Wind River Canyon Scenic Byway
Entire Byway: 34 miles
Travel time: 40 minutes to half a day
The Wind River Canyon Scenic Byway begins in the town of Shoshoni at milepost 100. Following US 20 north through Wind River Canyon and the Wind River Indian Reservation, the route ends just north of Thermopolis at milepost 134.
Without stopping, the total drive time is about 40 minutes.
Culture and Commerce: Shoshoni is home to Raspberry deLight Farms. With the sun on your back and a breeze gently tugging your hair, there is nothing more satisfying than picking your own raspberries and leaving with a crate of delicious berries. We guarantee they won't make it home.
As you travel north from Shoshoni into Boysen State Park, you come face to face with the windswept west. You can see the bare yellow and red rock of the Owl Creek Mountains stretching off to forever, and the deep blue of Boysen Reservoir rippling in contrast. You might even think, with the water skiing and swimming and the walleye and trout fisheries, that you’ve come to the high point of the byway.
But then you drive into Wind River Canyon. Spectacular rock walls rise 2,500 vertical feet on either side to the ridge tops. You can crane your neck and see some of the oldest rock formations in the world, dating back to the Precambrian period, (more that 2.9 billion years ago) visible right from the highway, their black and pink cliffs protruding to the sky. The geology of every layer is marked by interpretive signage, making the drive a geology lesson and a trip through time.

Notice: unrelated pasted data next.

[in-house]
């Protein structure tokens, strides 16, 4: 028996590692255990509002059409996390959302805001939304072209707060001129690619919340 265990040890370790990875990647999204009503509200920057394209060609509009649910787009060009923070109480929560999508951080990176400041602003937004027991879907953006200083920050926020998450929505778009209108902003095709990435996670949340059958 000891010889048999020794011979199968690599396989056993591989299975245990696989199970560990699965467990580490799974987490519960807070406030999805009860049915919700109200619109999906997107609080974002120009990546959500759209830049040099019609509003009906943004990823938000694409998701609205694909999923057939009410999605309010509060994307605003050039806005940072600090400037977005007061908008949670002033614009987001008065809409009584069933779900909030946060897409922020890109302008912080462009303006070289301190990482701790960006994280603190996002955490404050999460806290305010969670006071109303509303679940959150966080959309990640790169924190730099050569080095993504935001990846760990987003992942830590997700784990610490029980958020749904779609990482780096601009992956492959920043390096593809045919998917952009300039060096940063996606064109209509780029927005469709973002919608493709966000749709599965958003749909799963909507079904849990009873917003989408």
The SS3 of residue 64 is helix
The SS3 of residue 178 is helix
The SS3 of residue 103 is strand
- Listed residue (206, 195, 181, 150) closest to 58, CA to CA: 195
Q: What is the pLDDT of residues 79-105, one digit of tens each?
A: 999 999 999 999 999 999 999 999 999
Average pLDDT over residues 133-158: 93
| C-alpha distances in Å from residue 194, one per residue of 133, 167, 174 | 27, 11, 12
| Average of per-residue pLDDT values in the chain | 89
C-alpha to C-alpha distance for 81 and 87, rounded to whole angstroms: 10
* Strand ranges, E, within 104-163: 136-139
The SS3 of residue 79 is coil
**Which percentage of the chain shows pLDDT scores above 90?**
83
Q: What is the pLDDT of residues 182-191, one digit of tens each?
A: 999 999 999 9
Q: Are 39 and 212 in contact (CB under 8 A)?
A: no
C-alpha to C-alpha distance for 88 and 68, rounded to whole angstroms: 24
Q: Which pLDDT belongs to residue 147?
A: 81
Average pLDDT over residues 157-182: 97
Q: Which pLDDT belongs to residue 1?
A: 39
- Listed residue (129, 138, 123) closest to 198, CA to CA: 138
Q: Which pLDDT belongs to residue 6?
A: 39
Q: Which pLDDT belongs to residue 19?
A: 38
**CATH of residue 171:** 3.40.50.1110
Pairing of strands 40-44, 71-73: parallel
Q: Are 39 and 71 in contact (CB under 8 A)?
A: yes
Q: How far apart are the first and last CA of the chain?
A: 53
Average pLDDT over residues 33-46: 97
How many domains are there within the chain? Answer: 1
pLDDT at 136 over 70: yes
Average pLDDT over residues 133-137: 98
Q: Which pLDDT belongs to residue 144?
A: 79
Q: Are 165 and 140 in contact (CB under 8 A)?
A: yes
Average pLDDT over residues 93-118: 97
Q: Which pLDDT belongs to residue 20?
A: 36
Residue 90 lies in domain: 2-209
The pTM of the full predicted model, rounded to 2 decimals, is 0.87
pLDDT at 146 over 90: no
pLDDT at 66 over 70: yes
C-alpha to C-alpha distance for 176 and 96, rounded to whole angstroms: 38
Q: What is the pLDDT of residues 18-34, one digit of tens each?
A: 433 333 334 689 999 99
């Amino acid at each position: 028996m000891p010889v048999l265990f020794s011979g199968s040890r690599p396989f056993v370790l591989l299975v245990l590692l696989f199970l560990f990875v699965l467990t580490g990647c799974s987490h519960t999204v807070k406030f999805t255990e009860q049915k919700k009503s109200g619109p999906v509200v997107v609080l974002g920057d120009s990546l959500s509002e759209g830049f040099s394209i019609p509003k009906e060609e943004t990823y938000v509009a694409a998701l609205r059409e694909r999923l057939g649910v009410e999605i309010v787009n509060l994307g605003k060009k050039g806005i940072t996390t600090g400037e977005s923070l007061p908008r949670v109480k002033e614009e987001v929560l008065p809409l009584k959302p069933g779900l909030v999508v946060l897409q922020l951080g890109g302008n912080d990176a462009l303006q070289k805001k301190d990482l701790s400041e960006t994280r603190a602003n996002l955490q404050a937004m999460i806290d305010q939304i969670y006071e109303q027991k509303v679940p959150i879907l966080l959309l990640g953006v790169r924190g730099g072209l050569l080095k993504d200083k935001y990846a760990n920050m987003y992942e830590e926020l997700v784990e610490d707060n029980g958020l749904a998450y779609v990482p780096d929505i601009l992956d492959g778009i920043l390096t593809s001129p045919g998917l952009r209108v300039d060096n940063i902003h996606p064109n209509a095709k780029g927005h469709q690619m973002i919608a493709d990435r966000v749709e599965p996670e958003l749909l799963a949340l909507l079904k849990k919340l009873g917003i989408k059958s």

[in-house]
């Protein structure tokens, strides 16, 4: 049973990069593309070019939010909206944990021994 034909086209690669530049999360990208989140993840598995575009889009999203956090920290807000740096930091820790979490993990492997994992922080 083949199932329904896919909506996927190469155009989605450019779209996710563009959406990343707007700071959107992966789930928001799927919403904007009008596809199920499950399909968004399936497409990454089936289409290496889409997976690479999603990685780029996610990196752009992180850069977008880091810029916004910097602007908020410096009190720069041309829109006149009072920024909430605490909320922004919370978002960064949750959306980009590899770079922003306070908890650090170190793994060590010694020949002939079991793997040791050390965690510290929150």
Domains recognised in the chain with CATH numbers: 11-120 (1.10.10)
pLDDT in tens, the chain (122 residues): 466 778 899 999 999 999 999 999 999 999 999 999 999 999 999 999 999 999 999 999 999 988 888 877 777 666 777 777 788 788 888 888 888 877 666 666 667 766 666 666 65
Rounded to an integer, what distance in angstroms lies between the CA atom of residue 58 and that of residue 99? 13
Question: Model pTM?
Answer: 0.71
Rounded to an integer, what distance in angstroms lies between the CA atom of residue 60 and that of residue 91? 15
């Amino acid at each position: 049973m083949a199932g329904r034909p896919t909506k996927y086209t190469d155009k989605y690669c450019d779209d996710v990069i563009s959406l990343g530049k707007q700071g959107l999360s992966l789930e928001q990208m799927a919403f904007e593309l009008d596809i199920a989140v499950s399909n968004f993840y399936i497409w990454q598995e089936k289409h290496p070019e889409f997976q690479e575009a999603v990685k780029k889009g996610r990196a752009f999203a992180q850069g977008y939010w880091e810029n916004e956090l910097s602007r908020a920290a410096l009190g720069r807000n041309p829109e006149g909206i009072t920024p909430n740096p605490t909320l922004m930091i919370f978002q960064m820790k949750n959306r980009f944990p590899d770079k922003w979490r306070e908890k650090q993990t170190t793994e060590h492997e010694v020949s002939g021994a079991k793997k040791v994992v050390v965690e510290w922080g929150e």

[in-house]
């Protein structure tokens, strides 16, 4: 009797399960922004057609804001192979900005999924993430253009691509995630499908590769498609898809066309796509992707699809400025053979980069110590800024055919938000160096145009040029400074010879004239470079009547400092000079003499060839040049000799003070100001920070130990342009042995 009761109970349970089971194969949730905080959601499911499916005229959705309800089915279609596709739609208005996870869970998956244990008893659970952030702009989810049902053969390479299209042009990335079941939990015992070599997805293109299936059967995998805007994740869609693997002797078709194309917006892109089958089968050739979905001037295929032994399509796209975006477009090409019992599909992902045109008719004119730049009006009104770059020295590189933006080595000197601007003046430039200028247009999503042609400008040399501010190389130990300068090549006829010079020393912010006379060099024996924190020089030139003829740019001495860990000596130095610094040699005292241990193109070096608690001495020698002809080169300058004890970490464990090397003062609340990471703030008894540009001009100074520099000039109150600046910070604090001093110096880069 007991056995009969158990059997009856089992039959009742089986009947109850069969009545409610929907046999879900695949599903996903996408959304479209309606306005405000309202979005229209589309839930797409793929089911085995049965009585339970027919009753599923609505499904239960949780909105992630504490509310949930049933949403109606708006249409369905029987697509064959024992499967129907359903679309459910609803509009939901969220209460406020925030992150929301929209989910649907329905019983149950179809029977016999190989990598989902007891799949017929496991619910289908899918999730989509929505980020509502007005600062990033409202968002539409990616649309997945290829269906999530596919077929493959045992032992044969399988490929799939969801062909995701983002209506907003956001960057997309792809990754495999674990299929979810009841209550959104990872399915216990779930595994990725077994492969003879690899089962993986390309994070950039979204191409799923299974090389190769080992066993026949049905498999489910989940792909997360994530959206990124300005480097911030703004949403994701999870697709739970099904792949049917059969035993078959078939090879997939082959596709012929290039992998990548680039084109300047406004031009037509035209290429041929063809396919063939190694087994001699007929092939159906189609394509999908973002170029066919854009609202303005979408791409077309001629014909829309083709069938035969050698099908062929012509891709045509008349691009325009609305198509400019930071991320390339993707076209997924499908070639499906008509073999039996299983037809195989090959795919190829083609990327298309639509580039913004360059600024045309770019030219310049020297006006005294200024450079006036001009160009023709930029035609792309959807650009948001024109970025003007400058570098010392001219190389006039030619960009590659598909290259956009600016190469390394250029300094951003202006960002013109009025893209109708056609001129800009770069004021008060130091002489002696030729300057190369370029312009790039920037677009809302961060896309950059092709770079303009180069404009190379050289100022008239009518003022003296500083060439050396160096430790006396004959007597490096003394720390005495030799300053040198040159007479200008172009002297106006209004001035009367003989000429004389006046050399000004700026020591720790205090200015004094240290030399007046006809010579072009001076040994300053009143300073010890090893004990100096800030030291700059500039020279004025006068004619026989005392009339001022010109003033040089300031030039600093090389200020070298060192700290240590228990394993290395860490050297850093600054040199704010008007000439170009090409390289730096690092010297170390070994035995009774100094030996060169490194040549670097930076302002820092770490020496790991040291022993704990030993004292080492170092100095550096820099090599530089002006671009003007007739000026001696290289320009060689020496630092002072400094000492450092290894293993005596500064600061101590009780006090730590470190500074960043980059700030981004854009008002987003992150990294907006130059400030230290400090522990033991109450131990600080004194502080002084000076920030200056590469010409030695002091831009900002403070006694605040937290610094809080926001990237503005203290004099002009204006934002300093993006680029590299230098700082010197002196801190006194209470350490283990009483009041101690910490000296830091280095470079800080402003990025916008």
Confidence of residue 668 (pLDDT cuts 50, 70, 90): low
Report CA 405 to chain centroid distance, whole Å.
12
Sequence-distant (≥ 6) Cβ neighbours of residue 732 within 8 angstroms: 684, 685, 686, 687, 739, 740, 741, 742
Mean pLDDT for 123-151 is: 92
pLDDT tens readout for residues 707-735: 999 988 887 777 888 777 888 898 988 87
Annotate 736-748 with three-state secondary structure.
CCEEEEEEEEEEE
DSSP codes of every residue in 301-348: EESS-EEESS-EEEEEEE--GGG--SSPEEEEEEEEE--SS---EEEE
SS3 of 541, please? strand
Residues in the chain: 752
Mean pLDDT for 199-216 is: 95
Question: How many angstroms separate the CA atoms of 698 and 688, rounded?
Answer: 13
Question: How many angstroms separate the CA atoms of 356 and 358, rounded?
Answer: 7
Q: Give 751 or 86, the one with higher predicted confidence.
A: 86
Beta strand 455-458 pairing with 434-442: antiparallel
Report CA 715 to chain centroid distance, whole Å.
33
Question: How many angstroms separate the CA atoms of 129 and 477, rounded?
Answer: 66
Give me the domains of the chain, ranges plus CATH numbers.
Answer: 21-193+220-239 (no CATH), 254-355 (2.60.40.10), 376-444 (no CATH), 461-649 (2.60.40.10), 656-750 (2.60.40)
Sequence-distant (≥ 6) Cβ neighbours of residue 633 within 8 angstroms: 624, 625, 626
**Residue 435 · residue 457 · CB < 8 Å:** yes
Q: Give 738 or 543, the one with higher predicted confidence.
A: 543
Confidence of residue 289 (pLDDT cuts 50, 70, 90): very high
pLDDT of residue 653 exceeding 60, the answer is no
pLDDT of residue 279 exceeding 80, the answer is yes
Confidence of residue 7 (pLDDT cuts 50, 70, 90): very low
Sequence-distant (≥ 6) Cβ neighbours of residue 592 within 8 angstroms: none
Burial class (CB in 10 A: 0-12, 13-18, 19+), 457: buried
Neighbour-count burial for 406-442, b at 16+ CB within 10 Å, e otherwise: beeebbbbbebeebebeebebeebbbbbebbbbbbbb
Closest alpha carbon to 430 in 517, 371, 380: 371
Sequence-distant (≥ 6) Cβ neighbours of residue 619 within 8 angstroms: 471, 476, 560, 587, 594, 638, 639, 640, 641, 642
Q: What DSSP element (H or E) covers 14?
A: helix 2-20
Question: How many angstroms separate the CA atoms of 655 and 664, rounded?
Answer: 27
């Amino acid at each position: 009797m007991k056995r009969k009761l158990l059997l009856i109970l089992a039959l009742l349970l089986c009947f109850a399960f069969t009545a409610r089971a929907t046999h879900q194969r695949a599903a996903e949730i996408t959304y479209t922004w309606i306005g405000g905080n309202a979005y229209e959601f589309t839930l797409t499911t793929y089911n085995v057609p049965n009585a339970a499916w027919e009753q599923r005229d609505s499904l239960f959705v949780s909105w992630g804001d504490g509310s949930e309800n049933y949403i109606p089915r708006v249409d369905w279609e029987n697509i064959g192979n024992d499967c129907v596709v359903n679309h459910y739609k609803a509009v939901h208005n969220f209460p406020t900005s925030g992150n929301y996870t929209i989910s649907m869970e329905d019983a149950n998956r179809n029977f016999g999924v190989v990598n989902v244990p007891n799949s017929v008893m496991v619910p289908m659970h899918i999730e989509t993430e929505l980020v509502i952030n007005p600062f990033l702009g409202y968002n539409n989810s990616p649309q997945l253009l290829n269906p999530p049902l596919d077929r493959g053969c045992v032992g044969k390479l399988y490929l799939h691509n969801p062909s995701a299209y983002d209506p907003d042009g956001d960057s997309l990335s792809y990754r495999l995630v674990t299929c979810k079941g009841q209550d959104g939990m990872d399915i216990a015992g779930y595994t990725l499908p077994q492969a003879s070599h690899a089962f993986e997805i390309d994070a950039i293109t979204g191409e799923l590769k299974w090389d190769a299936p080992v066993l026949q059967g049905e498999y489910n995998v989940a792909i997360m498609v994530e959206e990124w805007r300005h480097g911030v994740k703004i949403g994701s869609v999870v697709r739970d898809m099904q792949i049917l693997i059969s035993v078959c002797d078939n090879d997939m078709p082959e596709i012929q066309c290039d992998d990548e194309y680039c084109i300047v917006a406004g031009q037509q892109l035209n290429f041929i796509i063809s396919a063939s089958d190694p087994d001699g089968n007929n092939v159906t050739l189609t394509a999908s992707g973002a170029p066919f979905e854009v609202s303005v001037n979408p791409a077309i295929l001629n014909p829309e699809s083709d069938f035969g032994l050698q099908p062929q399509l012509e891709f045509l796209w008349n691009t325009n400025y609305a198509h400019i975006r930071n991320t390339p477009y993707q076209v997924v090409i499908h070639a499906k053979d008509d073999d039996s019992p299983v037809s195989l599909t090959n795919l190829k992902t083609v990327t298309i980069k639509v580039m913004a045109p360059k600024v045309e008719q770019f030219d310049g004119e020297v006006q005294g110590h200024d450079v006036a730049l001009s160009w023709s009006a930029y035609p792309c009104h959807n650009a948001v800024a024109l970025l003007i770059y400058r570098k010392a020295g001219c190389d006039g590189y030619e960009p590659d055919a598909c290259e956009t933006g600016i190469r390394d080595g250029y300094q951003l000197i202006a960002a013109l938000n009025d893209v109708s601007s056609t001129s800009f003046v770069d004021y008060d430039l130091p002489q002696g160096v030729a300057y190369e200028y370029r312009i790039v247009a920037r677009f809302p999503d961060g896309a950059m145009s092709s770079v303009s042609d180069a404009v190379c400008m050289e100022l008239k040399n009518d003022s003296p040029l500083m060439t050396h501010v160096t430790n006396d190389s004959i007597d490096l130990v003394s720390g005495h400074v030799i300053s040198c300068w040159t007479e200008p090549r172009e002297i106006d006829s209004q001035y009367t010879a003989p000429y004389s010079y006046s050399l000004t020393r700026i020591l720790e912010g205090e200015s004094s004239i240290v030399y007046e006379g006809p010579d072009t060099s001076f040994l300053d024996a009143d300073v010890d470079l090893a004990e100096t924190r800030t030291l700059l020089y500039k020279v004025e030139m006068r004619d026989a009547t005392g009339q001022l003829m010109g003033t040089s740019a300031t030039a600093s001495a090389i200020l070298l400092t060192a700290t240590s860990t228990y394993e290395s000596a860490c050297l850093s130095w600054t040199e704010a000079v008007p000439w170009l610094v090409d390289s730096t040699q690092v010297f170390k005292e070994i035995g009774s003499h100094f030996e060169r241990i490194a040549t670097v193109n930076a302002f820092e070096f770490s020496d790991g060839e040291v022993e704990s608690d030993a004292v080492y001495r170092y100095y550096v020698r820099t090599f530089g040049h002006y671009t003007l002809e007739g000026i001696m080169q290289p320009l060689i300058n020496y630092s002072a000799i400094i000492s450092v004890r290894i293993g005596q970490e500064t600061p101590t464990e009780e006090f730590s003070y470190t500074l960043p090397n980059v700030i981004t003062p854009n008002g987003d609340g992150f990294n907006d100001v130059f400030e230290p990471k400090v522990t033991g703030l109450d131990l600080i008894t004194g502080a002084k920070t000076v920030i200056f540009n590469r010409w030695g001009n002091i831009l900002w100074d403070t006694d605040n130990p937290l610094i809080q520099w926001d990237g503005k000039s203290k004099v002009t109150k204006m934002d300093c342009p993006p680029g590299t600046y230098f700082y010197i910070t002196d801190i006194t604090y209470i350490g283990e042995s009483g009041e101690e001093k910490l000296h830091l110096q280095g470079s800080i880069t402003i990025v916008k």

The Wind River itself flows north through the canyon. Wind River Canyon Whitewater & Flyfishing, a Native American-owned business, is the only outfitter permitted to raft/fish in the Indian Reservation portion of the canyon. With fallen rocks and boulders jutting from the riverbed, the unique water hydraulics make for some spectacular white water.
Before it leaves the canyon, the river changes names. At the “Wedding of the Waters,” the Wind River becomes the Rocky Mountain Bighorn River, named for the mountain sheep indigenous to the area. Keep an eye out for these wooly cliff dwellers as you drive.
In 1995, 43 bighorns were “transplanted” along the canyon rim. After making the trip from Dubois in horse trailers, the sheep were loaded onto flatcars by Burlington-Northern Railroad before traveling the final seven miles by railroad. They were released in the canyon, bolstering today’s population to an estimated 100 sheep in Wind River Canyon.
The byway ends just north of Thermopolis, home of the world’s largest mineral hot spring in Hot Springs State Park. Needless to say, this town is worth a stop. Here you can enjoy hot springs facilities, cooling ponds, a swinging foot bridge across the Big Horn River, hiking paths and a chance to see wild bison.
Culture and Commerce: After you've seen bison wandering the prairie, experience the many uses of a buffalo hide at Merlins Hide Out in Thermopolis. Visitors are invited to tour the facility and enjoy a cup of coffee with the owners.